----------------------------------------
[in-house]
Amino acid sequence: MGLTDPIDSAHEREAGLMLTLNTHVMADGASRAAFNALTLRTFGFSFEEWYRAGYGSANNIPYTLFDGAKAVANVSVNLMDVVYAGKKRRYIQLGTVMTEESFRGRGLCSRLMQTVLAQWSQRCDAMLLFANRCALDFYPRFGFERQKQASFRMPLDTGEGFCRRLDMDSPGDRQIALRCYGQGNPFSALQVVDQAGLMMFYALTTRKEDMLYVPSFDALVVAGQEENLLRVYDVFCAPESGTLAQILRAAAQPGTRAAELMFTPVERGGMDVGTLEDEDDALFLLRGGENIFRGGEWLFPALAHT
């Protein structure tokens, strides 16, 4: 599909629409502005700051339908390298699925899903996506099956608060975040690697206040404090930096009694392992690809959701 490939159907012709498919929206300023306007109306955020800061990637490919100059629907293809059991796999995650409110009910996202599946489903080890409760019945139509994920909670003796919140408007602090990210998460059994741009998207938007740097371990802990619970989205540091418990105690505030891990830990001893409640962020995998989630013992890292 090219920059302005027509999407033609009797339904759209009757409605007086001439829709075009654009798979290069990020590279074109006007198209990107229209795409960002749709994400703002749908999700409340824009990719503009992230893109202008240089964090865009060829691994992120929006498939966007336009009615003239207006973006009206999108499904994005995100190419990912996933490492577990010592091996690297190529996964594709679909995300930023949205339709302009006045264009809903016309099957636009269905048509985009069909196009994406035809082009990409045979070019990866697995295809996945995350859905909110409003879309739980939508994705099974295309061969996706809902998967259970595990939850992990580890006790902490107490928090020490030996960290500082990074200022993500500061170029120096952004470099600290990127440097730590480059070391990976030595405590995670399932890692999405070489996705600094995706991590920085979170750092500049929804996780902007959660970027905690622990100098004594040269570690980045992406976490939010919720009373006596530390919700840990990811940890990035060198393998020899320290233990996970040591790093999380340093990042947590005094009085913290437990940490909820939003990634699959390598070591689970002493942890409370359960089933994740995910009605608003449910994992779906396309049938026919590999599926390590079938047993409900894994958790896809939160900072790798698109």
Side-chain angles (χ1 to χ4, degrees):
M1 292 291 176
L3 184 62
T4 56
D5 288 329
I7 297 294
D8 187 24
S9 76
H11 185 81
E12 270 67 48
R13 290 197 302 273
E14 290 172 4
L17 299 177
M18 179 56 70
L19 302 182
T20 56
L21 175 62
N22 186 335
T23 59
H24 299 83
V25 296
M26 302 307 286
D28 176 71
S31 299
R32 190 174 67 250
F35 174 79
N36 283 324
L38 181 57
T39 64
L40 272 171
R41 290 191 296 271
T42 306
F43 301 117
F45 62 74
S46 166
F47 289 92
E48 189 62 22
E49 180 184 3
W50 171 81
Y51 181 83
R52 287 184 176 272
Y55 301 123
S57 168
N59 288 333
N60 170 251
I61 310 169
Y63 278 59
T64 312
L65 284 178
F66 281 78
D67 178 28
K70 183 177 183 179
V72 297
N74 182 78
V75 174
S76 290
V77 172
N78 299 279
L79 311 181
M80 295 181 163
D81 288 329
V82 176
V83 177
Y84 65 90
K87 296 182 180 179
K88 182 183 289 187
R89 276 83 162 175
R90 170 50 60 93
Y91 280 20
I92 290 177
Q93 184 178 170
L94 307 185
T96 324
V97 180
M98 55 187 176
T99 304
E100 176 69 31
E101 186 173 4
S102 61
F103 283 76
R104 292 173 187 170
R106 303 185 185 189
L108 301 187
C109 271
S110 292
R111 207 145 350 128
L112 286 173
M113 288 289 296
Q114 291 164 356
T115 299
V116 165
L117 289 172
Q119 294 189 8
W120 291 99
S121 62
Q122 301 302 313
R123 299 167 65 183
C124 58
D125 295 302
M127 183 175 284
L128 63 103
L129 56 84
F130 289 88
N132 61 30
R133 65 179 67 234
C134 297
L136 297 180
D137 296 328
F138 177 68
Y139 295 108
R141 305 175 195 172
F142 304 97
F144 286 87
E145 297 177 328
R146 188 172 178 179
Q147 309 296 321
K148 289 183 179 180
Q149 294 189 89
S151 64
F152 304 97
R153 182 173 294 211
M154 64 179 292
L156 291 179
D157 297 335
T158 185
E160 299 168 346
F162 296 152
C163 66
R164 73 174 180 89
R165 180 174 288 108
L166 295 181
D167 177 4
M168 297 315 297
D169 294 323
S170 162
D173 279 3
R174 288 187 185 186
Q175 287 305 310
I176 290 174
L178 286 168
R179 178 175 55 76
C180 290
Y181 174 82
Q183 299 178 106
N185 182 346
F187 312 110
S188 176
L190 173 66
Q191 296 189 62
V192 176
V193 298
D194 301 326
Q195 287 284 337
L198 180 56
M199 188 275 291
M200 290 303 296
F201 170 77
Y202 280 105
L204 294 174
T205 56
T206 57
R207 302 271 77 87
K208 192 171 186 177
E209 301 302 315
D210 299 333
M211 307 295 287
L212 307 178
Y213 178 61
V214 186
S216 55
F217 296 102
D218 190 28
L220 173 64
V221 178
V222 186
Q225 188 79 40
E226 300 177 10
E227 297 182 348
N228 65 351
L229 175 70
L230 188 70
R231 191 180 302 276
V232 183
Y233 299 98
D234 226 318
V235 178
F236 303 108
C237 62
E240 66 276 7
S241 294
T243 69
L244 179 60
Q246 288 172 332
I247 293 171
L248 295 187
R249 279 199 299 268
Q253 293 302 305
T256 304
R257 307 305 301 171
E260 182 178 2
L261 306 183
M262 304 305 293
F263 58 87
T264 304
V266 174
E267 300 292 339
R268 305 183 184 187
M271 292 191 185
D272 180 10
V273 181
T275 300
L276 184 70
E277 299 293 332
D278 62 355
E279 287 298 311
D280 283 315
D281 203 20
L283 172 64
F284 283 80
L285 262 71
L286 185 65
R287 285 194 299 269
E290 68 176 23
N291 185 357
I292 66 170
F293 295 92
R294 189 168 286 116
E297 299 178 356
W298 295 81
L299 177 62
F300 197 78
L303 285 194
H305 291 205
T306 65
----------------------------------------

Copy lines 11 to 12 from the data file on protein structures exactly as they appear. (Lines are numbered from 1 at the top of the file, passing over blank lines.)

S9 76
H11 185 81